Binay camp defends 670 sister city pacts
The camp of suspended Makati City Mayor Junjun Binay defended the more than 600 sister city agreements that the acting mayor, Romulo “Kid” Peña, had ordered suspended.
According to Binay spokesperson Joey Salgado, “Makati City donates vehicles, secondhand books, school chairs and tables to its sister LGUs (local government units), which are mostly 4th- and 5th-class municipalities. This has been done since the 1990s and contributes greatly to our poorer countrymen.”
“The request to become sister cities come from the LGUs. We do not initiate and as a policy we do not decline requests which come in the form of resolutions approved by their city or municipal councils,” Salgado said in a statement on Wednesday.
Such agreements are also provided for under Article III, Section 33 of the Local Government Code of 1991, which states that LGUs “may, through appropriate ordinances, group themselves, consolidate, or coordinate their efforts, services and resources for purposes commonly beneficial to them,” he added.
Even the Department of the Interior and Local Government, he said, supports and encourages such agreements.
In a Senate hearing, it was earlier revealed by Binay critic and lawyer Renato Bondal that Makati had the most number of sisterhood pacts in the country, with 670 sister cities. The figure dwarfs that of Manila, which has only 40 sister cities. Quezon City and Davao City have 19 and 10, respectively.
Makati’s circle of LGU partners also includes cities in other countries: Los Angeles; Medellín City in Colombia; Vladivostok in Russia; Gaoyou City in Republic of China; and Rishon LeZion in Israel.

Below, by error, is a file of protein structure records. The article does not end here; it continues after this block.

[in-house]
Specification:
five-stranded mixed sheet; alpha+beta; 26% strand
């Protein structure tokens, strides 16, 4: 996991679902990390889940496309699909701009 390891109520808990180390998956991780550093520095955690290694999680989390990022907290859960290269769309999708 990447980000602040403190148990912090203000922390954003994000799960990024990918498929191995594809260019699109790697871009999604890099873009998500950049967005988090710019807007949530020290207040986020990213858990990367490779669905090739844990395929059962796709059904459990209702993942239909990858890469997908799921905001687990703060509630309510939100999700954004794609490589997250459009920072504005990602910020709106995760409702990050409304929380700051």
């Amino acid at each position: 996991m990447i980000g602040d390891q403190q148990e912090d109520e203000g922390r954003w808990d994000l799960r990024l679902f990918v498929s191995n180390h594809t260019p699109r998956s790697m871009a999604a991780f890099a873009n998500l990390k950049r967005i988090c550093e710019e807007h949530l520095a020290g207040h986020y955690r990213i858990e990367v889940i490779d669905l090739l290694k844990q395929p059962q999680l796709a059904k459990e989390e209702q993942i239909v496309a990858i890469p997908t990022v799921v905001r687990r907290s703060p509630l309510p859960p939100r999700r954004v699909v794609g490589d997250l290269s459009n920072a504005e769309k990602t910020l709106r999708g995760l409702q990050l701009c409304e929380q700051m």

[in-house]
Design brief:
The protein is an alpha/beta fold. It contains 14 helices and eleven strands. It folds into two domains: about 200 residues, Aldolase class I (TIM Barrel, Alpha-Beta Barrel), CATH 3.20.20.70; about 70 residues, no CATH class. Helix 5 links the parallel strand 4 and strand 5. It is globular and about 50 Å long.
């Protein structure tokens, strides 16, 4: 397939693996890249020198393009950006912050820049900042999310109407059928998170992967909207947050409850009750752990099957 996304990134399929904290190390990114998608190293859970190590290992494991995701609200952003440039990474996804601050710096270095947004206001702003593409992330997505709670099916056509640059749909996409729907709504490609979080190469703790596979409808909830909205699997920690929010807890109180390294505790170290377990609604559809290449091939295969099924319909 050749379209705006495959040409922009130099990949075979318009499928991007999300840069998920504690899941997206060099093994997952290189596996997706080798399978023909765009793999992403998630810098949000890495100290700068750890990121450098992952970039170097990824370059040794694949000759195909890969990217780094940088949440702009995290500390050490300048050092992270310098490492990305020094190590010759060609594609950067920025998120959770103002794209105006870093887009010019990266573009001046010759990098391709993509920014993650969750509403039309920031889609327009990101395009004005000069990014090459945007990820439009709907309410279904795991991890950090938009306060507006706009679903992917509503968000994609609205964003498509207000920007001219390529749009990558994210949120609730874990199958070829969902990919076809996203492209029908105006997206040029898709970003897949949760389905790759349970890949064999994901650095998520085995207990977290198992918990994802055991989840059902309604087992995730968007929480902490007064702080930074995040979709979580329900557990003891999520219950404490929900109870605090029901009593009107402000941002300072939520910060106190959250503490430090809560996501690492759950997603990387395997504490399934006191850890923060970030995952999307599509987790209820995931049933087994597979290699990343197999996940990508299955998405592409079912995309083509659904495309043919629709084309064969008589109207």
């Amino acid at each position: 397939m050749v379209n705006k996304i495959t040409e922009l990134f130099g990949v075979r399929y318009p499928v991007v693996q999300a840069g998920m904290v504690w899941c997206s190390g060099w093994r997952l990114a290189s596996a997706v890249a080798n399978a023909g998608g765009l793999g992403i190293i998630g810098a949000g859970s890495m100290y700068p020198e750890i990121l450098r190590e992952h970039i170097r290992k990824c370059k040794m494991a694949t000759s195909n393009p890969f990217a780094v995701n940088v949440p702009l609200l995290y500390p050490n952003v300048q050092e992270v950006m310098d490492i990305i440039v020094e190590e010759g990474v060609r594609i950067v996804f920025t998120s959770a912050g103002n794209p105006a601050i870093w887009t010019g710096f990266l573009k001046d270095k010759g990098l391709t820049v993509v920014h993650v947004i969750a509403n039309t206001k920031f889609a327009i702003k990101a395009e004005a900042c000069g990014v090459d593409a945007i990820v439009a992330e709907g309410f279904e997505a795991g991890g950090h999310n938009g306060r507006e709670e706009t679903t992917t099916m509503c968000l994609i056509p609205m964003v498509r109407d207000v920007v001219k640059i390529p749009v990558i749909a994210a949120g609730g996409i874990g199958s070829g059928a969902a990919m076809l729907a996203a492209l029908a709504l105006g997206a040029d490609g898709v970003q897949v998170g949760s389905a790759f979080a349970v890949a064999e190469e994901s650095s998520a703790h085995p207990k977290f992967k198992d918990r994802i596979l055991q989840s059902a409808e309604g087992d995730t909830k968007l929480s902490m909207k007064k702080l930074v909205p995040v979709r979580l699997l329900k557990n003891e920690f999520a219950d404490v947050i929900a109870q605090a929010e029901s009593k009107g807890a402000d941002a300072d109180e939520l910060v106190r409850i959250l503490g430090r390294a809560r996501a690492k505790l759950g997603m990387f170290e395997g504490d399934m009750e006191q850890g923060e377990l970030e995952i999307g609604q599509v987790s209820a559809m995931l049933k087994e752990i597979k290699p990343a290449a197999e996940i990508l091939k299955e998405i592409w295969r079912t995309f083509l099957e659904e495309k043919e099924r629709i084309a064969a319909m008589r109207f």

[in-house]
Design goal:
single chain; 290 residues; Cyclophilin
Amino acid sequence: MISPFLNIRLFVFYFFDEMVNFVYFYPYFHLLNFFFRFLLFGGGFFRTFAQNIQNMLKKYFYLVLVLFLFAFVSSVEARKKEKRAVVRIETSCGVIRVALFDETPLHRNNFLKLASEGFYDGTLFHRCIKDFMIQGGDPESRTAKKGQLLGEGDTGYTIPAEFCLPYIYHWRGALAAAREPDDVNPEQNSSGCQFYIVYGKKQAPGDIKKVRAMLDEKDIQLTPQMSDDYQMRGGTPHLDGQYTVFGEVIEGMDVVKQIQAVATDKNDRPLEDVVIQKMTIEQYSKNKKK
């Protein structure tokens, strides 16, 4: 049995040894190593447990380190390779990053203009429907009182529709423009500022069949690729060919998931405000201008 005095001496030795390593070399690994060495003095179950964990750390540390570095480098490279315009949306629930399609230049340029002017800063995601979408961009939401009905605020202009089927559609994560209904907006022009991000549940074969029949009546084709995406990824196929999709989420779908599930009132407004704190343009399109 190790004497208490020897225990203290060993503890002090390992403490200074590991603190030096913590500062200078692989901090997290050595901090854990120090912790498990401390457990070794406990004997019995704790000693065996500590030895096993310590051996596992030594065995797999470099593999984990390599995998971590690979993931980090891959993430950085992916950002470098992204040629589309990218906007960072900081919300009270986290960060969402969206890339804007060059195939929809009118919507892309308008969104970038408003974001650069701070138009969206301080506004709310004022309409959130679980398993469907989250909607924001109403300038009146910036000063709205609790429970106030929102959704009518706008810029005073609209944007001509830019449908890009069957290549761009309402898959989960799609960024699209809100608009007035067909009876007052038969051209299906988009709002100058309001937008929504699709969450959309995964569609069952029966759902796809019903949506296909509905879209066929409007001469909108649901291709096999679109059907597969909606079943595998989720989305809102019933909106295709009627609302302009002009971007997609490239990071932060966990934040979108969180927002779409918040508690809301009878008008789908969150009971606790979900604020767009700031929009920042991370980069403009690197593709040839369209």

When he took over as acting mayor last week, one of Peña’s first acts was to suspend the sister city agreements and have them subjected to an audit.
On Tuesday, he also suspended the operations of the Makati Friendship Suites, where local government executives from the sister-cities can stay as official guests of Makati.
Peña then explained that an audit of the sister city program was needed to check if Makati’s resources were being spent wisely and if some of the funds allotted for the program could be used instead to “further improve services and benefits” for Makati residents.
Based on his understanding, Peña said, sisterhood agreements are “basically for the exchange of best practices among LGUs.”
But in Makati’s case, “the city donates vehicles, computers, hospital needs,” he added.
Since the Binays had denied him access to documents and meetings, he said, his knowledge about the agreements remained limited and “we are only unearthing information now.” With Krixia Subingsubing and Maria Cecilia Pedrocillo
Subscribe to INQUIRER PLUS to get access to The Philippine Daily Inquirer & other 70+ titles, share up to 5 gadgets, listen to the news, download as early as 4am & share articles on social media. Call 896 6000.